Working Papers

    2013


  • Chen, J-Q., McCray, J.

     (2013). A survey study of early childhood teachers’ beliefs and confidence about teaching early math (Early Math Collaborative Working Paper No. 2013-2).

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    Abstract

    Although increased attention to early mathematics education is widespread, knowledge of what preschool teachers think about early math teaching and how confident they are in helping preschoolers learn math remains limited. To begin filling this information gap, we report on the results of the Early Mathematics Belief and Confidence Survey, a study involving 346 preschool teachers in a large public school system in the Midwest. The survey was designed to address three questions : (1) What do preschool teachers believe about teaching and learning math with preschoolers? (2) How confident are preschool teachers in helping preschoolers learn math? (3) How confident are preschool teachers about their own math abilities? The survey results depict a complex, yet promising, picture of early childhood teachers’ beliefs and confidence in early math teaching. We found a much more positive view of teachers’ beliefs and confidence in early math teaching than previously described in the literature. We also observed that level of teacher confidence varies with specific types of math knowledge and teaching abilities. We further detected the difference as well as the relationship between teachers’ confidence in their own math abilities and their confidence in teaching math to young children. The results have important implications for the design of professional development in early math.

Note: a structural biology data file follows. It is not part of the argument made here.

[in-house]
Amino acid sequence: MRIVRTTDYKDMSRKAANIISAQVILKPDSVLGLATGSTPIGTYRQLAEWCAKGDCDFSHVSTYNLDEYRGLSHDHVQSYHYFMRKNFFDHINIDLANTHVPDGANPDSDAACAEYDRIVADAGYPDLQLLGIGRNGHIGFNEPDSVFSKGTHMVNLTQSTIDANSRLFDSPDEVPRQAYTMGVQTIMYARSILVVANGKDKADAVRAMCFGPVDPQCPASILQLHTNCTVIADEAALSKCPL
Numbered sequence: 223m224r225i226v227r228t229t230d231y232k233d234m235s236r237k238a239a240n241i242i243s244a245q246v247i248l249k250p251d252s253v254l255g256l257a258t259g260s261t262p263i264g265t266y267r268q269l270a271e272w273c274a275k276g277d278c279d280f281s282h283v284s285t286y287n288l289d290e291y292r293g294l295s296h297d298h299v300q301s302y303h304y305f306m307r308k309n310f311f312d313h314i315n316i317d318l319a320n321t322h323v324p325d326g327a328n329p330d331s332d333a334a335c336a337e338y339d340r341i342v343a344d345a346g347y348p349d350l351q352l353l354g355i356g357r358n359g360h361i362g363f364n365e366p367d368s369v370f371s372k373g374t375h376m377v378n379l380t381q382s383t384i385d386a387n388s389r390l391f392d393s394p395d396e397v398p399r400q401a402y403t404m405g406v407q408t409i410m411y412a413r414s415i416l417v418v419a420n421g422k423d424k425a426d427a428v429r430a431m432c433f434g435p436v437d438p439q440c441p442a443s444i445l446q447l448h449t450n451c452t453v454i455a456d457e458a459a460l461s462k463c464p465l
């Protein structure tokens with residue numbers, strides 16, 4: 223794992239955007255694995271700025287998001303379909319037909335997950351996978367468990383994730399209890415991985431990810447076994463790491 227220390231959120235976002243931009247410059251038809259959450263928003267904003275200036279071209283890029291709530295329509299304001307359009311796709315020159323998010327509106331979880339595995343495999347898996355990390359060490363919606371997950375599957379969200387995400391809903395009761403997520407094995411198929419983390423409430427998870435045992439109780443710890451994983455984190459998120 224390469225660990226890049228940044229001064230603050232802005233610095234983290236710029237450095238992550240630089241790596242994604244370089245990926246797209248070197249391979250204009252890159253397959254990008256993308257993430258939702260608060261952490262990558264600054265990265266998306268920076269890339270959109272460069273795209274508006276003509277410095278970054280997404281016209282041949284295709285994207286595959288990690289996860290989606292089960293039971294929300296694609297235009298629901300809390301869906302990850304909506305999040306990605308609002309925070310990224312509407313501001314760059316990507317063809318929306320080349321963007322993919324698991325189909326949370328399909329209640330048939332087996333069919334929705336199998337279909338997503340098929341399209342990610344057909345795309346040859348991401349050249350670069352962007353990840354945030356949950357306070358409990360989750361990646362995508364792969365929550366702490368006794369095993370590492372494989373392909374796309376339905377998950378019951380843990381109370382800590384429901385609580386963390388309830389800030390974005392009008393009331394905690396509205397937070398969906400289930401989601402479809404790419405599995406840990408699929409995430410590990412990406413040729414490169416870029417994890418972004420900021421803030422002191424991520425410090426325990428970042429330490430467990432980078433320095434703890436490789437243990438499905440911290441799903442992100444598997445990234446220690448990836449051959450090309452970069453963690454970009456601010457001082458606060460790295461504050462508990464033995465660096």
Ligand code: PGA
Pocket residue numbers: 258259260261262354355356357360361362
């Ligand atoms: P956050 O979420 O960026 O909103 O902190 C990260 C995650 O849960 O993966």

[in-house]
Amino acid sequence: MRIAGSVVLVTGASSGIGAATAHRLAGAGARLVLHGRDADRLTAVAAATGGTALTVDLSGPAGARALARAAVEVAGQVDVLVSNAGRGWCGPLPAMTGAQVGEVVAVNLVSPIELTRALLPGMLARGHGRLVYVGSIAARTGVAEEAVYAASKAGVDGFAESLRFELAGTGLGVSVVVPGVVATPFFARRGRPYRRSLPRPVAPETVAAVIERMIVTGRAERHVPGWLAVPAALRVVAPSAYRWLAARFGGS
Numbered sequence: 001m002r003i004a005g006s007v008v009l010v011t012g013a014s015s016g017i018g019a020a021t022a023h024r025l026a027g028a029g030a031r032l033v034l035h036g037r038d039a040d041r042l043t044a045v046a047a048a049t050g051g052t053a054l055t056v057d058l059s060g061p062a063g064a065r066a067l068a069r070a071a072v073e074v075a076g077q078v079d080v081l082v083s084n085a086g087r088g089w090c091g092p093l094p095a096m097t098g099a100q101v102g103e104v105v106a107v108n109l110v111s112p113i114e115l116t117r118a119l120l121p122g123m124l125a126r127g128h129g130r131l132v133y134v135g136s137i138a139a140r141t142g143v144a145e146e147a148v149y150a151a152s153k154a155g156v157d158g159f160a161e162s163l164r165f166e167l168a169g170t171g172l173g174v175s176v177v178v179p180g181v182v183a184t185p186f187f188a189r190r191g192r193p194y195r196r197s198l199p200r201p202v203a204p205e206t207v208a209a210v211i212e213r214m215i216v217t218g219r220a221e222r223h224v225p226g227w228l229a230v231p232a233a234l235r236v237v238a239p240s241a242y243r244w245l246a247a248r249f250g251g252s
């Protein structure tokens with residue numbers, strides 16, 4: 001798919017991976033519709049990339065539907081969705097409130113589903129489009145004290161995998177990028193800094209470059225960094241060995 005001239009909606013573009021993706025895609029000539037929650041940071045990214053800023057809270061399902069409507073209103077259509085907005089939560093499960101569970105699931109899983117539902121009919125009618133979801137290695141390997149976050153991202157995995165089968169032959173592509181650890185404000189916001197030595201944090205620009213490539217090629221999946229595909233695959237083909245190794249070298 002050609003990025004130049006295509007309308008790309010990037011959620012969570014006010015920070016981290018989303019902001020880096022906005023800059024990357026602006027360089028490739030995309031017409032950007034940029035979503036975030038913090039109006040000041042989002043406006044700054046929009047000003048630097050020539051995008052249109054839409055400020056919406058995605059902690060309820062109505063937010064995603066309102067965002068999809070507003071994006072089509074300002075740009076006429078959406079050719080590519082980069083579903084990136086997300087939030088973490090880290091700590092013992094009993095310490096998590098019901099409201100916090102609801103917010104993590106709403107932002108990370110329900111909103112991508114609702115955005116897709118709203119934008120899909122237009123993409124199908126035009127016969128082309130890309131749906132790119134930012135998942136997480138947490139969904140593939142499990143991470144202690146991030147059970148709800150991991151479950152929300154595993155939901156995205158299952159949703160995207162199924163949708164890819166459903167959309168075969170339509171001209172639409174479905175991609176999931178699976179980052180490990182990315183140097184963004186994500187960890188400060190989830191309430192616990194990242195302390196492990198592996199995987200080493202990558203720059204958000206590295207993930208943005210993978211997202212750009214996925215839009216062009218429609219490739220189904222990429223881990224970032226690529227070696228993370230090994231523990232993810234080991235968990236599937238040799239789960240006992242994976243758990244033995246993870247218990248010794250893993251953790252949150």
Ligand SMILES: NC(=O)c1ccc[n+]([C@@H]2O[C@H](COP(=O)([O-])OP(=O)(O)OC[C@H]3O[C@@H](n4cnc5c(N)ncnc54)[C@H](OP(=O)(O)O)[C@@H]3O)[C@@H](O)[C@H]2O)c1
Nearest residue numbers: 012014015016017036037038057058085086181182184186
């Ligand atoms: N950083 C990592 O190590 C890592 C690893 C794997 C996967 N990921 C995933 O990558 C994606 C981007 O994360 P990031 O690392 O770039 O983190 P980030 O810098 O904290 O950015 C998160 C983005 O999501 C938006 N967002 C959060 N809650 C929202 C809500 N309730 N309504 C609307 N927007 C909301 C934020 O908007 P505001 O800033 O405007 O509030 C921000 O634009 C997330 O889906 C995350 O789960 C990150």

• McCray, J., Chen, J-Q.

     (2013). Focusing on the whole teacher in early math teacher professional development. (Early Math Collaborative Working Paper No. 2013-1).

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    Abstract

    In this paper, we introduce a conceptual framework for in-service professional development—the Whole Teacher approach, which attends simultaneously to the attitudes, knowledge, and practice of a teacher’s professional growth. Putting the framework in operation, we describe a project designed to improve teachers’ competence and increase children’s performance in early mathematics. Utilizing a quasi-experimental design, pre- and post-measures with intervention and comparison groups were collected. The results indicated that significant growth in children’s mathematical performance favored to the intervention group. The discussion focuses on the significance of the Whole Teacher approach to early math teacher professional development.